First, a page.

That means,"Out of many, one."
Notice the similarity in the following two quotations:
"Be strictly honorable in every act, and be not ashamed to do right."
"We must use time creatively and forever realize that the time is always ripe to do right."
Both quotations are from letters. The first one is from a correspondence Robert E. Lee wrote to his son. The second is from Martin Luther King, Jr's. "Letter From a Birmingham Jail." (For Lee: Wyatt-Brown, Honor and Violence in the Old South, 1986, p. 57; for King: Washington, ed. I Have a Dream: Writings and Speeches that Changed the World, 1986, p. 92.)
On the surface Lee and King couldn't be more different. One man lived in the nineteenth century, the other in the twentieth. One man was white, one was black. Both were respected leaders for opposite causes; Lee led military forces fighting to preserve chattel slavery while King struggled to eliminate the last remaining vestiges of bondage. These days diversity is hailed as a value, and if you had Lee and King in your workplace you couldn't get more diversity in two men, although granted you wouldn't want any contrasting viewpoints in your operation on the issue of slavery--everybody has to say "no" to it.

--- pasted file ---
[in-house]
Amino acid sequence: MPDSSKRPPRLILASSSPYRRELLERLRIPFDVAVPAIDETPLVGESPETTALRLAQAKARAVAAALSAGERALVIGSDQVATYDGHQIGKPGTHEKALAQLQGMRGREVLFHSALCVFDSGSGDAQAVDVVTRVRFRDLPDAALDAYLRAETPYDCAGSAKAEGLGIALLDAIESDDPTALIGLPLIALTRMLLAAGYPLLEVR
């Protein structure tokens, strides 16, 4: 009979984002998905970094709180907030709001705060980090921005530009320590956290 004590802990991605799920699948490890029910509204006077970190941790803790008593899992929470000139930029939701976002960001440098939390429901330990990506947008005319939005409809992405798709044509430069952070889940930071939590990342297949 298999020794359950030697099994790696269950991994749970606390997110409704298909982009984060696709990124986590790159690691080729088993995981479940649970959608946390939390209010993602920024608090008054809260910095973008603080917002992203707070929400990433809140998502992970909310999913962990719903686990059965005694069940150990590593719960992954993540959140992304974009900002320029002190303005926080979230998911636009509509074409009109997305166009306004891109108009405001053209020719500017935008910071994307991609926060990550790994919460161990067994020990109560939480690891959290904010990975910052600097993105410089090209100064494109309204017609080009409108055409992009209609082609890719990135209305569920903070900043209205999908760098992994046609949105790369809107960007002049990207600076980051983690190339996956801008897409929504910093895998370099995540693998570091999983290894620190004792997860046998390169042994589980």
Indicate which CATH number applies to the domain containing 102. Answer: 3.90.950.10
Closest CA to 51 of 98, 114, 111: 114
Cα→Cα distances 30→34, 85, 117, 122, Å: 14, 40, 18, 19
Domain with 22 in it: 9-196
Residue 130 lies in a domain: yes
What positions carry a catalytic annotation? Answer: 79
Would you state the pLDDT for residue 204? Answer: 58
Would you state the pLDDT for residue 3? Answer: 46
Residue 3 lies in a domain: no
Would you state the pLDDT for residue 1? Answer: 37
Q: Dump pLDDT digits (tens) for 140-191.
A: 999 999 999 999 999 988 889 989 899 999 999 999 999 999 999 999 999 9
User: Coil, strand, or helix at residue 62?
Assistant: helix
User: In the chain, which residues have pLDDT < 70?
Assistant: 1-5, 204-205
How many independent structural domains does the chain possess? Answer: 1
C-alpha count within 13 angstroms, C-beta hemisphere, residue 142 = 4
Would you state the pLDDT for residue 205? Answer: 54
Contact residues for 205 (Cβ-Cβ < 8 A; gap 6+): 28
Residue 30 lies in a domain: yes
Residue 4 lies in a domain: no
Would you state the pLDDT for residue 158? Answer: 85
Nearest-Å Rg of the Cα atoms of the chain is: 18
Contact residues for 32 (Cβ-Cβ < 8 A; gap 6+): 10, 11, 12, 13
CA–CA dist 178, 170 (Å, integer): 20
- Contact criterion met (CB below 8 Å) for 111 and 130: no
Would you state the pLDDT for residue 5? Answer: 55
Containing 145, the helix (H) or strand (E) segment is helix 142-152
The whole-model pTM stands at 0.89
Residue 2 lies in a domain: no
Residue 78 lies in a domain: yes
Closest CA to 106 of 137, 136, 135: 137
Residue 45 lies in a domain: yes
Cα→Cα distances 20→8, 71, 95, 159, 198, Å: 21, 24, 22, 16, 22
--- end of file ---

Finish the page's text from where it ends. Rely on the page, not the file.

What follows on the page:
In spite of their dissimilarities, in thhe quotations presented here both Lee and King emphasized the importance of doing right. I'm sure Lee and King, regardless of their differences, would probably agree on about ninety percent of what constitutes doing right. Treat people with respect, treasure your loved ones, help a friend in need. In what may be a divisive election year, those are values everyone should agree on. Listen to the other person's viewpoint and try to consider his or her point of view; don't automatically dismiss opinions contrary to yours as unsound or absurd.
When we value other people we live up to the motto on our coins. Out of many, one. E pluribus unum.